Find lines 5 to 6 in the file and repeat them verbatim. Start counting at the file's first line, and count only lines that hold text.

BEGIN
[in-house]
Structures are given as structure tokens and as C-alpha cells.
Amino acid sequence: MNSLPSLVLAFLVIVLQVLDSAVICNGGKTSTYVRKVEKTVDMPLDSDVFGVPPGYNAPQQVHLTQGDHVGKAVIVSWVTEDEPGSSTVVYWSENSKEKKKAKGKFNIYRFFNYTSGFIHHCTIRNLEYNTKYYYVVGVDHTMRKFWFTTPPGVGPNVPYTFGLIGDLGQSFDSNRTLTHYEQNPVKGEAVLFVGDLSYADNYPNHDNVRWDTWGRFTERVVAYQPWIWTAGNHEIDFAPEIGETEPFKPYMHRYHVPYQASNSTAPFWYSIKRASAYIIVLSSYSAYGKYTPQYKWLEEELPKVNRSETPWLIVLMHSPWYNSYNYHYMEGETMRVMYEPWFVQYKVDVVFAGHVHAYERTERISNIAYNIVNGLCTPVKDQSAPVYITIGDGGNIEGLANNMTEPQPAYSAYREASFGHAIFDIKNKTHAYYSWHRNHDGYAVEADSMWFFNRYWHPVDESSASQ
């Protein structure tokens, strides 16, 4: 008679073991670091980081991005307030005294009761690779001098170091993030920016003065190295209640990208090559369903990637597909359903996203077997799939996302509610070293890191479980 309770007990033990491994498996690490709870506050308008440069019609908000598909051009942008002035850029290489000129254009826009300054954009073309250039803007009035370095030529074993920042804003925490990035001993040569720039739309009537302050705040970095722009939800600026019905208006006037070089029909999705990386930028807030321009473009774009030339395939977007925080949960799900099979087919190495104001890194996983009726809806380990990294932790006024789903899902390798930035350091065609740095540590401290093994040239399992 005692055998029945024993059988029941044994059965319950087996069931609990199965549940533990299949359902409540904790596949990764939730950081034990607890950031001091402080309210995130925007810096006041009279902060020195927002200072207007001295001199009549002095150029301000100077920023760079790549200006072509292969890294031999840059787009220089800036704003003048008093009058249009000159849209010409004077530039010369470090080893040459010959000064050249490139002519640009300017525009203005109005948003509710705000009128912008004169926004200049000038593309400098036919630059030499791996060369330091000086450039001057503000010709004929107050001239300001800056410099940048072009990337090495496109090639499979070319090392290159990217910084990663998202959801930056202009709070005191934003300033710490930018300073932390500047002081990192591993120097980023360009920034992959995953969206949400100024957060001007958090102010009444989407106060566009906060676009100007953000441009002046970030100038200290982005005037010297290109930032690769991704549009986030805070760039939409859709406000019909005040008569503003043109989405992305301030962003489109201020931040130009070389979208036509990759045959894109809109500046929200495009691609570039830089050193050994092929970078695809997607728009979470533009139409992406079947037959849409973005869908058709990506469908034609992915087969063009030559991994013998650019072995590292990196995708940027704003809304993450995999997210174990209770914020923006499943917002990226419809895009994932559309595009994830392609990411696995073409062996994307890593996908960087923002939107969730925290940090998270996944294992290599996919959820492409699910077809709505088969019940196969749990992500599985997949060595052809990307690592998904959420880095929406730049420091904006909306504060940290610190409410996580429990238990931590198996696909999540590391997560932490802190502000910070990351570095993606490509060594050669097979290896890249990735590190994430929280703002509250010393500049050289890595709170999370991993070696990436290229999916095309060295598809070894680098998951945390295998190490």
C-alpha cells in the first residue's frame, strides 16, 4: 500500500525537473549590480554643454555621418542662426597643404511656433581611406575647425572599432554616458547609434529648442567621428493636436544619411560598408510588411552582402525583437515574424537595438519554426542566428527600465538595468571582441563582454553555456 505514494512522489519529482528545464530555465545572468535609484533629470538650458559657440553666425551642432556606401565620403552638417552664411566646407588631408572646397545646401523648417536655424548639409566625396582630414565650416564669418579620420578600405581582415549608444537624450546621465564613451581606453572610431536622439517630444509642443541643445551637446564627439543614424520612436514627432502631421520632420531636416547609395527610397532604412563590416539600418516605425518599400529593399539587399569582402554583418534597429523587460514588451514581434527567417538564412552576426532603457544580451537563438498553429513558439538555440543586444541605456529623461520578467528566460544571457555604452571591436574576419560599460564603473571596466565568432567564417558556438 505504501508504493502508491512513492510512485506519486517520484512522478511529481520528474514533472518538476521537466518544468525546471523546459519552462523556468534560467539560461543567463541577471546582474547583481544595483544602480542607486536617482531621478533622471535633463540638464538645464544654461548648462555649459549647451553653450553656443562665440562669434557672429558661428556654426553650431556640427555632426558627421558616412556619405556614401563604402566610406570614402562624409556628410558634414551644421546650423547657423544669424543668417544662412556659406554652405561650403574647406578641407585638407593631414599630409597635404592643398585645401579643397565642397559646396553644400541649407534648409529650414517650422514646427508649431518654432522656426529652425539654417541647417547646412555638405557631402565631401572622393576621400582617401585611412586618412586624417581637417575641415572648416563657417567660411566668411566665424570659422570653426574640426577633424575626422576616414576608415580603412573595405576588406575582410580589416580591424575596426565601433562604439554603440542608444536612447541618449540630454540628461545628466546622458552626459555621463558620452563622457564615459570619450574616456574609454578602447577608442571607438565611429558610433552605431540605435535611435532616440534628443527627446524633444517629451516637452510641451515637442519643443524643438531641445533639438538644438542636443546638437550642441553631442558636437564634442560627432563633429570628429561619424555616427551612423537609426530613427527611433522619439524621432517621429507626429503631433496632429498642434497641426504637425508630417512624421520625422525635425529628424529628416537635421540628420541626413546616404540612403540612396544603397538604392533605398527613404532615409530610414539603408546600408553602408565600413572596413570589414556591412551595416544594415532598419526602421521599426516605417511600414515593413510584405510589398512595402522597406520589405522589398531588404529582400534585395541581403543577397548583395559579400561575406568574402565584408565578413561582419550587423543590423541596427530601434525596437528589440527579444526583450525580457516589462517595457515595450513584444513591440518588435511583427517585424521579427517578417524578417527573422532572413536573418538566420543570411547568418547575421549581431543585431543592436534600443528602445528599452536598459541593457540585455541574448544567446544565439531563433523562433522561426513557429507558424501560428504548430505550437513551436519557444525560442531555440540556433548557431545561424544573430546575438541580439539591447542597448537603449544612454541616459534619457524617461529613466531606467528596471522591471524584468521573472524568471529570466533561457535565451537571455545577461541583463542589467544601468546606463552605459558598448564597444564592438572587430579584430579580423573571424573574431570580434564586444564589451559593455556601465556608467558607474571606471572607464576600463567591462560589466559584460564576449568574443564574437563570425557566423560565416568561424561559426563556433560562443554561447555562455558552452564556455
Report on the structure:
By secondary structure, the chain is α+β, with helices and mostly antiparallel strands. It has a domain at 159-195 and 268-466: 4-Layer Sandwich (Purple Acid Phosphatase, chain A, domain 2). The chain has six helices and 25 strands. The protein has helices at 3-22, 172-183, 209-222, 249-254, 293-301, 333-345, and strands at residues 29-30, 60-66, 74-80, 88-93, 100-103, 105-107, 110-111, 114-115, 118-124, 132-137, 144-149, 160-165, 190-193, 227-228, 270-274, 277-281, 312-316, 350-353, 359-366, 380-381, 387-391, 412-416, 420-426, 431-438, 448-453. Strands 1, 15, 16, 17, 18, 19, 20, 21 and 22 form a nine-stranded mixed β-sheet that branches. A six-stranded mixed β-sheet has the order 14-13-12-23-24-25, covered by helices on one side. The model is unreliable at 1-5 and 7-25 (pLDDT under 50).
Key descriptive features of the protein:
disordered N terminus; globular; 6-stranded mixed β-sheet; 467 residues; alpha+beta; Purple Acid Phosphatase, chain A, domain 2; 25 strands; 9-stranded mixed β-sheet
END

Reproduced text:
C-alpha cells in the first residue's frame, strides 16, 4: 500500500525537473549590480554643454555621418542662426597643404511656433581611406575647425572599432554616458547609434529648442567621428493636436544619411560598408510588411552582402525583437515574424537595438519554426542566428527600465538595468571582441563582454553555456 505514494512522489519529482528545464530555465545572468535609484533629470538650458559657440553666425551642432556606401565620403552638417552664411566646407588631408572646397545646401523648417536655424548639409566625396582630414565650416564669418579620420578600405581582415549608444537624450546621465564613451581606453572610431536622439517630444509642443541643445551637446564627439543614424520612436514627432502631421520632420531636416547609395527610397532604412563590416539600418516605425518599400529593399539587399569582402554583418534597429523587460514588451514581434527567417538564412552576426532603457544580451537563438498553429513558439538555440543586444541605456529623461520578467528566460544571457555604452571591436574576419560599460564603473571596466565568432567564417558556438 505504501508504493502508491512513492510512485506519486517520484512522478511529481520528474514533472518538476521537466518544468525546471523546459519552462523556468534560467539560461543567463541577471546582474547583481544595483544602480542607486536617482531621478533622471535633463540638464538645464544654461548648462555649459549647451553653450553656443562665440562669434557672429558661428556654426553650431556640427555632426558627421558616412556619405556614401563604402566610406570614402562624409556628410558634414551644421546650423547657423544669424543668417544662412556659406554652405561650403574647406578641407585638407593631414599630409597635404592643398585645401579643397565642397559646396553644400541649407534648409529650414517650422514646427508649431518654432522656426529652425539654417541647417547646412555638405557631402565631401572622393576621400582617401585611412586618412586624417581637417575641415572648416563657417567660411566668411566665424570659422570653426574640426577633424575626422576616414576608415580603412573595405576588406575582410580589416580591424575596426565601433562604439554603440542608444536612447541618449540630454540628461545628466546622458552626459555621463558620452563622457564615459570619450574616456574609454578602447577608442571607438565611429558610433552605431540605435535611435532616440534628443527627446524633444517629451516637452510641451515637442519643443524643438531641445533639438538644438542636443546638437550642441553631442558636437564634442560627432563633429570628429561619424555616427551612423537609426530613427527611433522619439524621432517621429507626429503631433496632429498642434497641426504637425508630417512624421520625422525635425529628424529628416537635421540628420541626413546616404540612403540612396544603397538604392533605398527613404532615409530610414539603408546600408553602408565600413572596413570589414556591412551595416544594415532598419526602421521599426516605417511600414515593413510584405510589398512595402522597406520589405522589398531588404529582400534585395541581403543577397548583395559579400561575406568574402565584408565578413561582419550587423543590423541596427530601434525596437528589440527579444526583450525580457516589462517595457515595450513584444513591440518588435511583427517585424521579427517578417524578417527573422532572413536573418538566420543570411547568418547575421549581431543585431543592436534600443528602445528599452536598459541593457540585455541574448544567446544565439531563433523562433522561426513557429507558424501560428504548430505550437513551436519557444525560442531555440540556433548557431545561424544573430546575438541580439539591447542597448537603449544612454541616459534619457524617461529613466531606467528596471522591471524584468521573472524568471529570466533561457535565451537571455545577461541583463542589467544601468546606463552605459558598448564597444564592438572587430579584430579580423573571424573574431570580434564586444564589451559593455556601465556608467558607474571606471572607464576600463567591462560589466559584460564576449568574443564574437563570425557566423560565416568561424561559426563556433560562443554561447555562455558552452564556455
Report on the structure: